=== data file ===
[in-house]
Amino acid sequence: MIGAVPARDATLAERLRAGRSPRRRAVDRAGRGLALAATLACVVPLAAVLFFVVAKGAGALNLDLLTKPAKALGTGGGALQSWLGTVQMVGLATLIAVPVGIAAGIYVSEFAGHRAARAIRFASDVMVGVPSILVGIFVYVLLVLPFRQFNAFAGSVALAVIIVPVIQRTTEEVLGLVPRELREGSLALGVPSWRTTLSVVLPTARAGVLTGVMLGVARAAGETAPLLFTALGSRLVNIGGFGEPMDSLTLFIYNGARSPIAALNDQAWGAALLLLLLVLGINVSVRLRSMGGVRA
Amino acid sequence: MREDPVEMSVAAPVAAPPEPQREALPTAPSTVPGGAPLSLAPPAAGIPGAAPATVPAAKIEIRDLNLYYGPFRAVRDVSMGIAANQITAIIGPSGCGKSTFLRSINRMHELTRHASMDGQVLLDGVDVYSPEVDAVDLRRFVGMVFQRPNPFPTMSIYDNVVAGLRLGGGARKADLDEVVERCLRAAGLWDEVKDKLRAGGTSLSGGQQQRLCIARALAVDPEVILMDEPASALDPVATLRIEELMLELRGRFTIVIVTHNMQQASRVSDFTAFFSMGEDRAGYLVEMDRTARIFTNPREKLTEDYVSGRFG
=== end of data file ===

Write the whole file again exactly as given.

[in-house]
Amino acid sequence: MIGAVPARDATLAERLRAGRSPRRRAVDRAGRGLALAATLACVVPLAAVLFFVVAKGAGALNLDLLTKPAKALGTGGGALQSWLGTVQMVGLATLIAVPVGIAAGIYVSEFAGHRAARAIRFASDVMVGVPSILVGIFVYVLLVLPFRQFNAFAGSVALAVIIVPVIQRTTEEVLGLVPRELREGSLALGVPSWRTTLSVVLPTARAGVLTGVMLGVARAAGETAPLLFTALGSRLVNIGGFGEPMDSLTLFIYNGARSPIAALNDQAWGAALLLLLLVLGINVSVRLRSMGGVRA
Amino acid sequence: MREDPVEMSVAAPVAAPPEPQREALPTAPSTVPGGAPLSLAPPAAGIPGAAPATVPAAKIEIRDLNLYYGPFRAVRDVSMGIAANQITAIIGPSGCGKSTFLRSINRMHELTRHASMDGQVLLDGVDVYSPEVDAVDLRRFVGMVFQRPNPFPTMSIYDNVVAGLRLGGGARKADLDEVVERCLRAAGLWDEVKDKLRAGGTSLSGGQQQRLCIARALAVDPEVILMDEPASALDPVATLRIEELMLELRGRFTIVIVTHNMQQASRVSDFTAFFSMGEDRAGYLVEMDRTARIFTNPREKLTEDYVSGRFG